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Hard To Kill
Staying in shape after age 50.
OK. Have you ever seen a marine? Do they look buff to you? They don’t to me. But I know they can hump a 40 pound ruck for 20 clicks any day of the week. That is my model. I’m going to tell you where I’m coming from and I think it’s important to understand my mindset. But you can skip down to the ‘Formula’ if you like.
Here’s what I did wrong. I looked good in a suit, and I spend 20 years as a consultant traveling on the road and a fat expense account. And one day I got into a weight loss contest with some of my associates. I realized at the age of 48 that all I thought to do was eat salad and maybe swim some laps. I could remember being 30 years old playing 4 hours of beach volleyball at a stretch and cycling 50 miles a week. Every week. I can remember buying size 31 slacks and weighing 170 forever. Then I woke up one day and realized I had become a heavyweight. It freaked me out that I weighed more than Mohammad Ali.
There were a string of lies that I kept telling myself like “Oh it’s just my wife’s cooking.” Or “If I just have lemonade instead of a Coke.” or “All I need is to play a little more volleyball and I’ll get my breath back.” Soon I found that the old man volleyball league we used to have started falling apart. Somebody’s elbow. Somebody’s shoulders. My knee. I had to face reality. I wasn’t pushing myself. But I didn’t have a reason.
I looked up and I was 53 and somewhere around 220 at 5′10″. I took my son to the Long Beach Grand Prix and I was pointing him to the USMC display. They would give you a free football if you could do 5 chinups. The bar was sitting right there. They dared you. I watched a bunch of kids fail. I had this gut feeling I could do at least 3 no problem. I did 1 and a half. I tried a reverse grip. One. Shit! I came to a stunning realization.
I am a success in life in just about every way. You can’t motivate me. I don’t need your motivation. But if I stay at this low level of fitness, it’s going to take more and more motivation to get me to do anything. I need to get to my retirement weight before I’m too old to care.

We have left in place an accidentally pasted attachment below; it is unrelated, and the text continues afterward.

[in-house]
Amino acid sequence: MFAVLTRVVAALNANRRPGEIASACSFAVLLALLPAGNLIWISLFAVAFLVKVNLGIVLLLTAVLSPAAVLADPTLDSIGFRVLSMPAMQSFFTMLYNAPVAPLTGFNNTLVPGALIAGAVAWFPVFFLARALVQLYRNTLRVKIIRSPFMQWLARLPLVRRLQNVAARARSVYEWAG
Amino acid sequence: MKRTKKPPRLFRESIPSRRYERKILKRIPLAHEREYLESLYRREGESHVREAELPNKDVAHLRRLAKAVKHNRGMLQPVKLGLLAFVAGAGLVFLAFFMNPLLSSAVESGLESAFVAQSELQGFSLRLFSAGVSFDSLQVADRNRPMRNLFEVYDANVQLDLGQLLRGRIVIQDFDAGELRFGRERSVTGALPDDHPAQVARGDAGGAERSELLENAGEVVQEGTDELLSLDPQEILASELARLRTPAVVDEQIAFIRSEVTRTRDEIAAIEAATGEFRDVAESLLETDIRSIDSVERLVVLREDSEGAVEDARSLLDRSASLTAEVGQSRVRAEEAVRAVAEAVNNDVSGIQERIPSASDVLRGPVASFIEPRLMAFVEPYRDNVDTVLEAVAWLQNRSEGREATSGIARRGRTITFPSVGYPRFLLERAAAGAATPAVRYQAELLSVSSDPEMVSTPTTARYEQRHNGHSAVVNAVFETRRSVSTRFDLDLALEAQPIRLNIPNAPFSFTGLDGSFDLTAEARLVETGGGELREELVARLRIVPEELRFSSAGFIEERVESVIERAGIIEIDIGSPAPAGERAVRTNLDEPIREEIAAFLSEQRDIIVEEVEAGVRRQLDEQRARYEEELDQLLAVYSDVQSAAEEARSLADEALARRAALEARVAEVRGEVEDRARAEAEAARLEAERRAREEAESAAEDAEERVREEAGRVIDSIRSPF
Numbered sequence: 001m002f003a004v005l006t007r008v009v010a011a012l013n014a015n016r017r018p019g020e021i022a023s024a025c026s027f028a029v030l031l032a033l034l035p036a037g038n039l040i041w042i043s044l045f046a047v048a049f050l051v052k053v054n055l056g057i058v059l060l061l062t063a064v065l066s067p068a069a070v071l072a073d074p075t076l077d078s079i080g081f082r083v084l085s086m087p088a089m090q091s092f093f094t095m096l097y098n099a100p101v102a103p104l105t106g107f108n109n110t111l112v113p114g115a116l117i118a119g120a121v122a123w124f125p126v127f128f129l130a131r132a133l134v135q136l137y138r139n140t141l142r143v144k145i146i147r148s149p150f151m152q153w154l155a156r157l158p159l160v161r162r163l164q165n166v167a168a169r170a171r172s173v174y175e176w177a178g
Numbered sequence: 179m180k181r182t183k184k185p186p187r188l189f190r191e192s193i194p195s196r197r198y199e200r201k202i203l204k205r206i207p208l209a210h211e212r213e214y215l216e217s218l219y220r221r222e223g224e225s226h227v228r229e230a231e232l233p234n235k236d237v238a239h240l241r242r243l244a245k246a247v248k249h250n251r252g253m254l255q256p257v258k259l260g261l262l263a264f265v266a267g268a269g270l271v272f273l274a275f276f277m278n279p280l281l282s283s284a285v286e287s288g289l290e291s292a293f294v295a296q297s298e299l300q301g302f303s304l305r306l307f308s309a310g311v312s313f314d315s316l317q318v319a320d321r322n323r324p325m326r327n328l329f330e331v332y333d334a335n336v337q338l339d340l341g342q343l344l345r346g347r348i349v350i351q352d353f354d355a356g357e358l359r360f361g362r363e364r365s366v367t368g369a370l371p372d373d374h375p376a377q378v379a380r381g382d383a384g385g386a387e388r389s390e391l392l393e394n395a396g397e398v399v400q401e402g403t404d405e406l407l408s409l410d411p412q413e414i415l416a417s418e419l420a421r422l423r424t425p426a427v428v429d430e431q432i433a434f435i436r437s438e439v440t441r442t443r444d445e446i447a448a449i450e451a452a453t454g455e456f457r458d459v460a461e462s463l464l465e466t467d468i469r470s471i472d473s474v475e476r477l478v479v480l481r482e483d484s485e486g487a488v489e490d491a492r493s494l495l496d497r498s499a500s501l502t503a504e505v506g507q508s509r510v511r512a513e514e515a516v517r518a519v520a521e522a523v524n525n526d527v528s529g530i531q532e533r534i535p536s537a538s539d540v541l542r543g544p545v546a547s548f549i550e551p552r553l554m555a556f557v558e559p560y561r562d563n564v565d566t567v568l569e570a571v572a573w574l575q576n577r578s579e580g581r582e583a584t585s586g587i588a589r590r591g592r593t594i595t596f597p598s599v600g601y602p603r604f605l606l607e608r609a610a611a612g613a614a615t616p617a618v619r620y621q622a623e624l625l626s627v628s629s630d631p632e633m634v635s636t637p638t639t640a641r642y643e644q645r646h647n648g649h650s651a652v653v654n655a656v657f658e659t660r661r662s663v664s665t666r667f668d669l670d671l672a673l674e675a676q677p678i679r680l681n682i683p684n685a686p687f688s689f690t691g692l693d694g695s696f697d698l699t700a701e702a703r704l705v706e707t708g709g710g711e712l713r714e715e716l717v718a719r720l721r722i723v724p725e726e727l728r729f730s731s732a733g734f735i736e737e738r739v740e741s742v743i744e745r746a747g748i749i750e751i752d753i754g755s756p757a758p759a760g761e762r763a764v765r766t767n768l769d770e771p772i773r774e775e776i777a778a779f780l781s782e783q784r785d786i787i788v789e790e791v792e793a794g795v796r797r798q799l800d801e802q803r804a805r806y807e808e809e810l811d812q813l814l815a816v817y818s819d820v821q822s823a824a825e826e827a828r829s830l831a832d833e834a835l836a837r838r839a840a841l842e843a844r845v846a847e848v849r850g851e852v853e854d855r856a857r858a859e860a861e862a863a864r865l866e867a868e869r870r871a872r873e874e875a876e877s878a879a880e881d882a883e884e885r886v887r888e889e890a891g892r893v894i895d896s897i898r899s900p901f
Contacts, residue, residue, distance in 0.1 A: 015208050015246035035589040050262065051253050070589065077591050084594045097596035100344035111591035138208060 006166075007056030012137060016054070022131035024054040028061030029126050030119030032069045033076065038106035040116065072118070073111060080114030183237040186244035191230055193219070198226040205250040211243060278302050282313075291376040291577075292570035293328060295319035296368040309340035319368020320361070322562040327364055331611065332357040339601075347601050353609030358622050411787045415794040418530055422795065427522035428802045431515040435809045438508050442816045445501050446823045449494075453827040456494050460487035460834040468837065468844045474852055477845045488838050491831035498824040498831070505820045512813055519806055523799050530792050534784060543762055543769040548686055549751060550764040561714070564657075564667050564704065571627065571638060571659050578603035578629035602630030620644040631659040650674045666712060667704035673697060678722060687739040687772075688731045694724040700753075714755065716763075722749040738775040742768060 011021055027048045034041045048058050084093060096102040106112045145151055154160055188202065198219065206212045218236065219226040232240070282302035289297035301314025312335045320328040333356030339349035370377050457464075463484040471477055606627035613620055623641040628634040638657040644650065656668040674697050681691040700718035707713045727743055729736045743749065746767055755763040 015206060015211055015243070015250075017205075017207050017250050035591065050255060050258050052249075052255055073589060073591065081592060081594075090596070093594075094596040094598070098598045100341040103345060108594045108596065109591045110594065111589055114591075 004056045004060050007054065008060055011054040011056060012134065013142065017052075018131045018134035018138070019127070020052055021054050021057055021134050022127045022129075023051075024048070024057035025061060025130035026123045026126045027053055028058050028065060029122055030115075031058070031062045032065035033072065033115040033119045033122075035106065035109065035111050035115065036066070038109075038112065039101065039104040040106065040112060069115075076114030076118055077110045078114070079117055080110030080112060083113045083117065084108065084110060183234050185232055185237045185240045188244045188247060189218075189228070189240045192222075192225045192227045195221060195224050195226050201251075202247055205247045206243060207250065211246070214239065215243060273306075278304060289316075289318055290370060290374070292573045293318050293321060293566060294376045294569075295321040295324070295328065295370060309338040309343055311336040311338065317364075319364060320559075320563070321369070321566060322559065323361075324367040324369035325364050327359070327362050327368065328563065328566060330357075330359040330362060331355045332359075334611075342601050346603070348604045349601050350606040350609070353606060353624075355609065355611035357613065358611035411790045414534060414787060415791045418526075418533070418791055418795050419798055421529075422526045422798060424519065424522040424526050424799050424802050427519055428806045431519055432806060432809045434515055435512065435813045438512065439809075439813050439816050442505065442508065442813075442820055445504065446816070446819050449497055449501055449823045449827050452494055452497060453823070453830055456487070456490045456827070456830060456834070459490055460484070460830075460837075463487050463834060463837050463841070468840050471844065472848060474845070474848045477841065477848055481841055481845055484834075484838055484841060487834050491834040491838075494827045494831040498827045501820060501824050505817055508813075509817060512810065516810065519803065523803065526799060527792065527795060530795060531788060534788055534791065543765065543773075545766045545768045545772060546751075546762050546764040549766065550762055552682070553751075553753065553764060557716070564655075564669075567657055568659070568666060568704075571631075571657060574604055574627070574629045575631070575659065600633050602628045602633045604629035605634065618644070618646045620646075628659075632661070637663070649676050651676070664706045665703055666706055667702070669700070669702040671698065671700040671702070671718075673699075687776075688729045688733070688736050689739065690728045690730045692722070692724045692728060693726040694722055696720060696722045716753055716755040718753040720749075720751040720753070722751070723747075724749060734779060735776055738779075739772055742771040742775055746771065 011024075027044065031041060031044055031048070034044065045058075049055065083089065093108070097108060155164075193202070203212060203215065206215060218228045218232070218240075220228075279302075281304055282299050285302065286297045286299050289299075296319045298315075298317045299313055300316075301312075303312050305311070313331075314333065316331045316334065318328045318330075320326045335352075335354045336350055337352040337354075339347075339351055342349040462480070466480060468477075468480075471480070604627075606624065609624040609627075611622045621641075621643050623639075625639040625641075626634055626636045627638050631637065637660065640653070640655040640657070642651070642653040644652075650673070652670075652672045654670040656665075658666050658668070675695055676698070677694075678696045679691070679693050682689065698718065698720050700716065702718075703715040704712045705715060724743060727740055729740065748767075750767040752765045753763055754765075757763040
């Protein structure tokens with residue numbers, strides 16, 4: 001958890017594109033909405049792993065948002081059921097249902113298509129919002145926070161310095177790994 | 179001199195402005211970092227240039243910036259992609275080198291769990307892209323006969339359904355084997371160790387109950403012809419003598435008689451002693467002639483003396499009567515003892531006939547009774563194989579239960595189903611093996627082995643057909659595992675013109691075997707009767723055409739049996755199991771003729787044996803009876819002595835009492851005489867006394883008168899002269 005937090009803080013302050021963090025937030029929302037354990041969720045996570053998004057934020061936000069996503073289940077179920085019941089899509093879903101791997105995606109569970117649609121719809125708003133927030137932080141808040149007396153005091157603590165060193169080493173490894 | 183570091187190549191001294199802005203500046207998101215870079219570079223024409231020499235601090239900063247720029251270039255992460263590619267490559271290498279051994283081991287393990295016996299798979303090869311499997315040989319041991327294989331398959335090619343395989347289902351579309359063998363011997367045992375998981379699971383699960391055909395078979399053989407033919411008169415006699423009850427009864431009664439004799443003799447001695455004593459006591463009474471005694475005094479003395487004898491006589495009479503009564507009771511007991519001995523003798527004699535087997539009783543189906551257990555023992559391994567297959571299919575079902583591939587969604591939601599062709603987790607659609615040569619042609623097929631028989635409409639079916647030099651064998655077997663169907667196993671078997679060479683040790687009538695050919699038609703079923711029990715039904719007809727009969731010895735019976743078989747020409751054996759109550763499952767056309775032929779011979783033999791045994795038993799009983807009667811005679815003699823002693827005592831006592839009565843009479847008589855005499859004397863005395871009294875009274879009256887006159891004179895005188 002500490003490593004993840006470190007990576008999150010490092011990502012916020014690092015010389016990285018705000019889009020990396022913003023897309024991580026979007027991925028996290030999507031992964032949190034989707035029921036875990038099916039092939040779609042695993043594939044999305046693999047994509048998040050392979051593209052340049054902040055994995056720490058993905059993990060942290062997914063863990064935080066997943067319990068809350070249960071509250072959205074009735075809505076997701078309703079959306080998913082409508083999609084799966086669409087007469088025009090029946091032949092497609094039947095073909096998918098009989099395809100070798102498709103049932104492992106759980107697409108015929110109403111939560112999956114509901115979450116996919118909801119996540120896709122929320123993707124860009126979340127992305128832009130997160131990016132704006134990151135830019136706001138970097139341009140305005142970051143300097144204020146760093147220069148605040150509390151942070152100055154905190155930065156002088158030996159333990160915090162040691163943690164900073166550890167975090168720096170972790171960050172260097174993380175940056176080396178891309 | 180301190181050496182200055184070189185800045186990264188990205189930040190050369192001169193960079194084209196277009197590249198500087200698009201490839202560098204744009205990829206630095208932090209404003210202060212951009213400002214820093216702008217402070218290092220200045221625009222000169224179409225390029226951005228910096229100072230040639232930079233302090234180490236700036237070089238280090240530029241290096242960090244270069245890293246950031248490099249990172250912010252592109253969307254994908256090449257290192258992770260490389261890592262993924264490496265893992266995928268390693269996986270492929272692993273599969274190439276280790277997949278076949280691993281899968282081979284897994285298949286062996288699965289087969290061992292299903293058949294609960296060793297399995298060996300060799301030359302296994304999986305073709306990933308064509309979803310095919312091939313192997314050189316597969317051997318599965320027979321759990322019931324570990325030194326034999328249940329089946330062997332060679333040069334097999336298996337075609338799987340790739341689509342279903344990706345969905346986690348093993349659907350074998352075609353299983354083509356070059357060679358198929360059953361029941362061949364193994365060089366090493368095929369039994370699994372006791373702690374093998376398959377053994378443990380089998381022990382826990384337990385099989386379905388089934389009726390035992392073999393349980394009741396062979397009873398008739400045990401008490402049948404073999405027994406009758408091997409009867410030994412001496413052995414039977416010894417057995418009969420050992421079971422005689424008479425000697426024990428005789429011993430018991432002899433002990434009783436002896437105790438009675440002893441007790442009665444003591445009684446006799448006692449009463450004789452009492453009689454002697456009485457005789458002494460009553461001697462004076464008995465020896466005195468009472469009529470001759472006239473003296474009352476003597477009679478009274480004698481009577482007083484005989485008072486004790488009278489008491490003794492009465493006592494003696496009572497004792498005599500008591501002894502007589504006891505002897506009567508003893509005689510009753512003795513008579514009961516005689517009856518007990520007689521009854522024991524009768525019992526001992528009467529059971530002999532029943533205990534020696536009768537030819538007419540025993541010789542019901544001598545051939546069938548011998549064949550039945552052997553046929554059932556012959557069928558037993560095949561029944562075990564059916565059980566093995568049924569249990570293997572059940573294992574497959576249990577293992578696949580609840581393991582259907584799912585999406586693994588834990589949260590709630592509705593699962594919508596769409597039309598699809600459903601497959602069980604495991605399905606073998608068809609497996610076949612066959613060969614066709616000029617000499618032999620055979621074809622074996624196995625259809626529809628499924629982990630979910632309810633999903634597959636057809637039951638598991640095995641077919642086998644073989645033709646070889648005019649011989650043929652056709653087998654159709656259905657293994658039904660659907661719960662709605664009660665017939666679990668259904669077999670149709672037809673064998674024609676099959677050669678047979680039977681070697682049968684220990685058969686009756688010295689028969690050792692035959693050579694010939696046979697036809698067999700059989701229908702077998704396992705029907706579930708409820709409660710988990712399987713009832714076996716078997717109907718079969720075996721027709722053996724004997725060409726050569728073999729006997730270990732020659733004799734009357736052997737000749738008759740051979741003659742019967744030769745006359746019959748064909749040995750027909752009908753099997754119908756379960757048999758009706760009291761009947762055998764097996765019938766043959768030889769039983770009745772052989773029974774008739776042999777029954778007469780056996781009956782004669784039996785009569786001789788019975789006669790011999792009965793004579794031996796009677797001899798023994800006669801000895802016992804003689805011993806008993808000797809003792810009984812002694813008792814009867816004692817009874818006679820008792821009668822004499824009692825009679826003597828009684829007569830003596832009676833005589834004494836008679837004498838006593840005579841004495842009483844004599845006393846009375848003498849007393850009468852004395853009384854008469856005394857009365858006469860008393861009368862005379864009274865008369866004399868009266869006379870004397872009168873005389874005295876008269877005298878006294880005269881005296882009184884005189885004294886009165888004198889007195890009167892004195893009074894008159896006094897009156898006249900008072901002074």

So I straight out looked at what it would take to get me to pass the Armed Forces fitness test for my age. That was my goal. It was about putting my health central in my life - something I had always taken for granted.
So I did circuit training. I did it without really changing my diet. I did 3 tough 1 hour sessions a week. Got up at 5:00 AM and worked out with people in their 30s, men and women. Kicked my ass. I was in pain every day. I could not run 300 yards without gassing. Every session was a different torture. Here’s a sample.
It took me about 9 months to get to 200. I lost two bowling balls of lard I had been carrying around on my body and in my mind. But now I could stretch, I could run (with my knee brace), I could do 10 burpees any time. I could box jump 30 inches. I could do 40 different exercises and go go go. I was motivated not to lose and to contribute to the esprit de corps of all of the people in the gym, with its awful dance music. I was a beast on the battle ropes. I was horrible at V-ups. But when I first started I couldn’t do 30 seconds of mountain climbers.
I have had my ups and downs. That gym was very expensive. But I got to the point where I had the discipline. But still, I didn’t seriously count calories. My schedule changed and I couldn’t go any longer. Within 3 months I was sloppy again. I then joined Taekwondo, learned some dances, some Korean, some Hapkido. I was the oldest student by far. I have had the experience of sitting for my yellow belt with 12 year old kids.
It’s all about being absolutely committed to your health as a priority.
You can’t do that if you think you’re going to be some kind of P90 sex machine or reincarnation of Daniel Craig. Not if you work full time. If you could do 20 hours of workouts per week and have a chef prepare all your meals, yeah you could do that in 6 months. But you have to do it all yourself. You can’t depend on the gym, you can’t depend on your wife to cook your meals. You can’t depend on other people at all. You need to do it for your own vanity. You need to be hard to kill.